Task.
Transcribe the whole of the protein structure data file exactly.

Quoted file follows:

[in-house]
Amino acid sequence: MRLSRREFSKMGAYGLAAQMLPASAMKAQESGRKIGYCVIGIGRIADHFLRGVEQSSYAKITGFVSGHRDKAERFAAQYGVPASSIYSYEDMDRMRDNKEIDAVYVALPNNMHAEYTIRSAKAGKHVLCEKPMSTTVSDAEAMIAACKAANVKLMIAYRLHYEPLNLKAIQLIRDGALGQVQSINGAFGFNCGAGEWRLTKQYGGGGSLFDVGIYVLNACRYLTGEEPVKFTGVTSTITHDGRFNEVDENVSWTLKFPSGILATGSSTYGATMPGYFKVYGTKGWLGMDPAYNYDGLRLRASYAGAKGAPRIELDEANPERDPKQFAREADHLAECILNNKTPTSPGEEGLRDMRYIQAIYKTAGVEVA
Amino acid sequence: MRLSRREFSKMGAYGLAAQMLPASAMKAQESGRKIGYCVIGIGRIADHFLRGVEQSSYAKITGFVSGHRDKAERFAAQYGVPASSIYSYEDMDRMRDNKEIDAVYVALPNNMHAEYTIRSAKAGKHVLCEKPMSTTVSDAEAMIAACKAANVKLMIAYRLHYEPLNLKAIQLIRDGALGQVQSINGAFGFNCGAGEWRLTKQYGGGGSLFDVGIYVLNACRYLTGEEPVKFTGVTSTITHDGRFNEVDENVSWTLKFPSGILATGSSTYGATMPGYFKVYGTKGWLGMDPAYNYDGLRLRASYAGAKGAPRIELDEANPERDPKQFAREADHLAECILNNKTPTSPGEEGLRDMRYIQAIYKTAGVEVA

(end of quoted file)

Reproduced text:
[in-house]
Amino acid sequence: MRLSRREFSKMGAYGLAAQMLPASAMKAQESGRKIGYCVIGIGRIADHFLRGVEQSSYAKITGFVSGHRDKAERFAAQYGVPASSIYSYEDMDRMRDNKEIDAVYVALPNNMHAEYTIRSAKAGKHVLCEKPMSTTVSDAEAMIAACKAANVKLMIAYRLHYEPLNLKAIQLIRDGALGQVQSINGAFGFNCGAGEWRLTKQYGGGGSLFDVGIYVLNACRYLTGEEPVKFTGVTSTITHDGRFNEVDENVSWTLKFPSGILATGSSTYGATMPGYFKVYGTKGWLGMDPAYNYDGLRLRASYAGAKGAPRIELDEANPERDPKQFAREADHLAECILNNKTPTSPGEEGLRDMRYIQAIYKTAGVEVA
Amino acid sequence: MRLSRREFSKMGAYGLAAQMLPASAMKAQESGRKIGYCVIGIGRIADHFLRGVEQSSYAKITGFVSGHRDKAERFAAQYGVPASSIYSYEDMDRMRDNKEIDAVYVALPNNMHAEYTIRSAKAGKHVLCEKPMSTTVSDAEAMIAACKAANVKLMIAYRLHYEPLNLKAIQLIRDGALGQVQSINGAFGFNCGAGEWRLTKQYGGGGSLFDVGIYVLNACRYLTGEEPVKFTGVTSTITHDGRFNEVDENVSWTLKFPSGILATGSSTYGATMPGYFKVYGTKGWLGMDPAYNYDGLRLRASYAGAKGAPRIELDEANPERDPKQFAREADHLAECILNNKTPTSPGEEGLRDMRYIQAIYKTAGVEVA